The better you do that, the more likely I will feel understood. If I feel understood, I’ll be more likely to believe that you will develop the appropriate strategy and budget for my online marketing initiatives. This is more than “just” personas. This becoming intimately aware of who I am and the company I work for.
It’s no small feat, I agree.
Of course, when you are pitching to me, I need to mentally check off the standard boxes about your expertise, services, track record and clients. But I would prefer you spend 20% of your pitch about how you are so fascinating and 80% on asking the right questions to deliver that fascination in terms of results…to ME.
In a nutshell, you need to all become shrinks.
Some of you may be scoffing, thinking that you have gotten inside my head. But consider this: during your last presentation, how many of your slides were about you? How much time did you dedicate to researching a potential client (I mean really researching, not just glossing over their website/industry/a competitor or two? How many questions did you ask him/her? What’s the you-to-me ratio?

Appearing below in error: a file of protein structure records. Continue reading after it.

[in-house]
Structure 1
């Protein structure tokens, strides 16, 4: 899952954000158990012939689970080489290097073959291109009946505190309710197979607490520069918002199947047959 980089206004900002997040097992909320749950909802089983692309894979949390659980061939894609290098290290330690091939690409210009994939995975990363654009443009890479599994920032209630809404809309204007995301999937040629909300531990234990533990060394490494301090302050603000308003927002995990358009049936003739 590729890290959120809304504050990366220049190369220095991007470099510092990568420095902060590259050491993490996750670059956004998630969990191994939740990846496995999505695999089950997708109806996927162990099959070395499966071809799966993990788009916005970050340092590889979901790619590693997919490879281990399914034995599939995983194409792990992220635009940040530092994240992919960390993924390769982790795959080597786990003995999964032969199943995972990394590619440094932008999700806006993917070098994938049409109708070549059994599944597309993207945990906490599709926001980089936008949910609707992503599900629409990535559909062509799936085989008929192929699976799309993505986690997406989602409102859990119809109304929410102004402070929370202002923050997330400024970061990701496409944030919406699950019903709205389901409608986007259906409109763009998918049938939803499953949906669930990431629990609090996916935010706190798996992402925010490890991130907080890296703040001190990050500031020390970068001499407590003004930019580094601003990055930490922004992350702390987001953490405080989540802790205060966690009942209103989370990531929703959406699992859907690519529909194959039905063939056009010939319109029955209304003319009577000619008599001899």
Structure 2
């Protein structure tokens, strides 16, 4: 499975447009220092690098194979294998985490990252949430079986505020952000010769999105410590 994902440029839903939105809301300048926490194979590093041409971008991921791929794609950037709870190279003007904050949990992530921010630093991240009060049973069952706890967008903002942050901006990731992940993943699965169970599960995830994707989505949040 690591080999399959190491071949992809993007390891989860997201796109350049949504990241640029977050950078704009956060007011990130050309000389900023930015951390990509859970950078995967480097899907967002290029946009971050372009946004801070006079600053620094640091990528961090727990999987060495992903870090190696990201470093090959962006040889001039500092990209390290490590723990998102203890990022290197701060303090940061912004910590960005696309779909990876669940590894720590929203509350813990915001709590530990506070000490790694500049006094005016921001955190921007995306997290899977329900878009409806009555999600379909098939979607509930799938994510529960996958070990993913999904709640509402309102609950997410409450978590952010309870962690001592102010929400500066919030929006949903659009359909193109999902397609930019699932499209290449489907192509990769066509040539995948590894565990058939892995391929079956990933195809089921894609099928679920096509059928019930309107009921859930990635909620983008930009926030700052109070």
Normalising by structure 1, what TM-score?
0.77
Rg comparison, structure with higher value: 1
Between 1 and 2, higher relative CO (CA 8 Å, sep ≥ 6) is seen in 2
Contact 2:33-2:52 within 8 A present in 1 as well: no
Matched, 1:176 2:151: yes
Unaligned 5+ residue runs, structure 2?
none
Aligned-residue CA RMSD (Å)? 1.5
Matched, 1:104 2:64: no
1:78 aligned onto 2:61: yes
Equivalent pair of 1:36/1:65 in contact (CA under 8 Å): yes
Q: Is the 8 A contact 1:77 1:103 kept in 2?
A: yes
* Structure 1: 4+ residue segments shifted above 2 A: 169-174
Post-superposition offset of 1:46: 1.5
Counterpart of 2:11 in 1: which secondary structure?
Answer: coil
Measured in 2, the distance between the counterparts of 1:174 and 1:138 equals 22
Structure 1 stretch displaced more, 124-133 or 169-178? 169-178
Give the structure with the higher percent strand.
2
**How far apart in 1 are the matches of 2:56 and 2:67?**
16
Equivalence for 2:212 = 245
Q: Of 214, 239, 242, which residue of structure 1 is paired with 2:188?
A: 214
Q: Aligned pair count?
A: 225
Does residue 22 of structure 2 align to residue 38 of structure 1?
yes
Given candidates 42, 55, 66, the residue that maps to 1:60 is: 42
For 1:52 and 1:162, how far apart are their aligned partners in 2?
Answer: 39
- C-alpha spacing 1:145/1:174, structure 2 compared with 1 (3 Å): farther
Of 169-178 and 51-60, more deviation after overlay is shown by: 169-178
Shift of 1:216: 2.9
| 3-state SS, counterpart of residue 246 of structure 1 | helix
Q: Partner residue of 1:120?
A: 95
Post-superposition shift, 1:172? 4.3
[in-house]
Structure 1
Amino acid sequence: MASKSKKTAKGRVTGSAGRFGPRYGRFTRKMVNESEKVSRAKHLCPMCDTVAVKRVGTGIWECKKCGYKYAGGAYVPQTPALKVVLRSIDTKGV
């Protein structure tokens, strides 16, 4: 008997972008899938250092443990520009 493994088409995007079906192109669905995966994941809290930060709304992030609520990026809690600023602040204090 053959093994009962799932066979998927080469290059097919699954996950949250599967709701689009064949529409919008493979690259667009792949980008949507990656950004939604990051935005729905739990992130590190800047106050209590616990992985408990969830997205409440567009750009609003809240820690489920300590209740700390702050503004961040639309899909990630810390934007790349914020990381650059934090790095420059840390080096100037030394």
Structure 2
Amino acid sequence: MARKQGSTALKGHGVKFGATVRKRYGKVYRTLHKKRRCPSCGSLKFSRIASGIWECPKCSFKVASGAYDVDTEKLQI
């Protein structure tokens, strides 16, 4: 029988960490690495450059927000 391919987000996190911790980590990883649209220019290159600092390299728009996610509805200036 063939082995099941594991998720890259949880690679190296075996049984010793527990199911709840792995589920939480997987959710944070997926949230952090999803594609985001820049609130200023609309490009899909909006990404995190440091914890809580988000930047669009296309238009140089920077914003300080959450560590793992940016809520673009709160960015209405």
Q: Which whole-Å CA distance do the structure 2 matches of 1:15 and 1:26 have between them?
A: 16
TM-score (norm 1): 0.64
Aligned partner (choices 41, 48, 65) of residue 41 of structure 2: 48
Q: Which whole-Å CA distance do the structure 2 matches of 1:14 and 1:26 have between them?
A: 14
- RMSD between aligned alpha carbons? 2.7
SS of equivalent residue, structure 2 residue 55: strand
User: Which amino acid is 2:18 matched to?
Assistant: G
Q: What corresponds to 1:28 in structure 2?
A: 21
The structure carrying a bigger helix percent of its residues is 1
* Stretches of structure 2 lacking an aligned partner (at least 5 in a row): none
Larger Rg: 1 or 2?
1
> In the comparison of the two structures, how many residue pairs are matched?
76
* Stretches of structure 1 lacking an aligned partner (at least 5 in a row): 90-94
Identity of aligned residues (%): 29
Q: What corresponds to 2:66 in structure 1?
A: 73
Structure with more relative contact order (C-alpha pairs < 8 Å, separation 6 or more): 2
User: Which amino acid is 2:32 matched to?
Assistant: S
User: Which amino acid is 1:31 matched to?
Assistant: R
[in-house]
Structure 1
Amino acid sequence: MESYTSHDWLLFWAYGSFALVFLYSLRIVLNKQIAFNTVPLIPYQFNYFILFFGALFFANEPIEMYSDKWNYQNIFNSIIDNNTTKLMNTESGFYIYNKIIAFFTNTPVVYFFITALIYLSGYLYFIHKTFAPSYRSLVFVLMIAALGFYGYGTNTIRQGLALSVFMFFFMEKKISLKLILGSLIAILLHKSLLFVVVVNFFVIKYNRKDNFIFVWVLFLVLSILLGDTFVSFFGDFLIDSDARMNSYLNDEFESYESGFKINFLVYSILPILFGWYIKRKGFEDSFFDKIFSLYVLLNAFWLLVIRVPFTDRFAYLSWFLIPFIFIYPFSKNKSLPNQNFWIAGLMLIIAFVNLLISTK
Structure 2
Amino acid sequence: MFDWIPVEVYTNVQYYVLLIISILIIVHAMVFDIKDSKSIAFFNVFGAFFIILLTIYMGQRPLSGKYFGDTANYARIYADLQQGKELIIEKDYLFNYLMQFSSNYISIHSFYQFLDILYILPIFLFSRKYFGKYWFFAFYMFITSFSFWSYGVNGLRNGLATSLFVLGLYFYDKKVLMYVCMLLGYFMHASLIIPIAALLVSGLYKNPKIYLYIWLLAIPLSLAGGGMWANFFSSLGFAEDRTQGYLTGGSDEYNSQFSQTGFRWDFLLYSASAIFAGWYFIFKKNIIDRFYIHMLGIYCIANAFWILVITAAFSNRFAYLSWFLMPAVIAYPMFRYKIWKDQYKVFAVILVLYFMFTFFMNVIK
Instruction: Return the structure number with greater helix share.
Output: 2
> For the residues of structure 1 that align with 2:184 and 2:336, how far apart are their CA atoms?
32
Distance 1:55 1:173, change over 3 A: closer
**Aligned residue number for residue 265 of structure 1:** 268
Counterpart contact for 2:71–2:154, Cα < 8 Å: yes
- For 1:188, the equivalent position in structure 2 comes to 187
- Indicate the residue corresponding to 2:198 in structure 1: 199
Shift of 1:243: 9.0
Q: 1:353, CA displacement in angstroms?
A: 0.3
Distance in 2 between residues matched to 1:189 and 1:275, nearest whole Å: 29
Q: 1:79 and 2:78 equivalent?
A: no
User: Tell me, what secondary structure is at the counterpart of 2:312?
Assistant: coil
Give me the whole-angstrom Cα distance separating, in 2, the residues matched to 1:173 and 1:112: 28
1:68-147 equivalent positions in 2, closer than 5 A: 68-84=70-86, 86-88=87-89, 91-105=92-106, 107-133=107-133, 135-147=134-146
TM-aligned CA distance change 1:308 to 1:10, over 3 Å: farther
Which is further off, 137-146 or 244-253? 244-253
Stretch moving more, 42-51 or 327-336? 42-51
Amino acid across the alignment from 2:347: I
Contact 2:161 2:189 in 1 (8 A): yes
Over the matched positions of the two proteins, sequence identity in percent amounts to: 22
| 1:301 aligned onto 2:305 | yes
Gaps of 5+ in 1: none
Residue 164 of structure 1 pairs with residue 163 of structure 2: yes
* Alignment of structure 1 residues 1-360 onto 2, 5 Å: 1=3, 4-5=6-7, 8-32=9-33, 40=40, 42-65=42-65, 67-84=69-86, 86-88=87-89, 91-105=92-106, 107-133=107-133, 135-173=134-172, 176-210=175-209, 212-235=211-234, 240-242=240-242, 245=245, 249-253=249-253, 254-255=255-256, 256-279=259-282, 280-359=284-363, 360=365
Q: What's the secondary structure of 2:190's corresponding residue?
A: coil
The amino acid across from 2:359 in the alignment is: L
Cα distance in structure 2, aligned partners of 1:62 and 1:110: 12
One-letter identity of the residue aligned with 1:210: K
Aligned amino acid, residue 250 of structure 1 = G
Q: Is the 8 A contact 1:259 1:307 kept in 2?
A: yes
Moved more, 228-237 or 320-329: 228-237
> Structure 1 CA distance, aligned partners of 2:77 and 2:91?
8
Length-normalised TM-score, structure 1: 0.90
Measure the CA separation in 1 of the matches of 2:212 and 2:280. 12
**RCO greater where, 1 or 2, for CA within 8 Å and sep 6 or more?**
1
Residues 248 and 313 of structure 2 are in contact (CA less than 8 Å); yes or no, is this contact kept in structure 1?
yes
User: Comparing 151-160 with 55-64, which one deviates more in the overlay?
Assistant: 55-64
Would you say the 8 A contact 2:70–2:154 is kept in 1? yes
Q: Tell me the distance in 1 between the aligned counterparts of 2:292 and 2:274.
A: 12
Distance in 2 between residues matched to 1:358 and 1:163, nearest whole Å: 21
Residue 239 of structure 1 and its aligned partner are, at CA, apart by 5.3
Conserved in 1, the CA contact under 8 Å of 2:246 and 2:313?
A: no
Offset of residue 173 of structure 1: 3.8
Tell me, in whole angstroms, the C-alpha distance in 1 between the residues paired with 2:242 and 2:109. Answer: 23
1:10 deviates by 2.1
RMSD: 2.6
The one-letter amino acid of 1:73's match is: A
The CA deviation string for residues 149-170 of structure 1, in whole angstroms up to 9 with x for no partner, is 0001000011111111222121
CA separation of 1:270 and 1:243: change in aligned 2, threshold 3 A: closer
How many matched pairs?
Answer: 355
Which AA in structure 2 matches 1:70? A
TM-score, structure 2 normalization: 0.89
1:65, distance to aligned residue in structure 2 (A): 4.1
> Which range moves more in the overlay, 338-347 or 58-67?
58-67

Naturally, you cannot machine gun me a bunch of questions, especially if we are just getting to know each other, to get inside my head. That’ll just scare me off. However, you can be better prepared and you can better steer the conversation to find out what I truly need. Sure, I want results. That’s a given. But did you know that:
• My boss doesn’t get the web and I need to find a way to convince him to invest more?
• My finance guy wants cold, hard proof that my marketing initiatives are doing more than “just building the brand” but actually driving sales…like NOW?
• I am overwhelmed with work and deliverables, that I will never EVER read your 30 page website audit?
• I need clear and easy-to-understand reports on how my PPC campaigns are doings—and your ensuing strategy should the campaigns not perform as well as expected?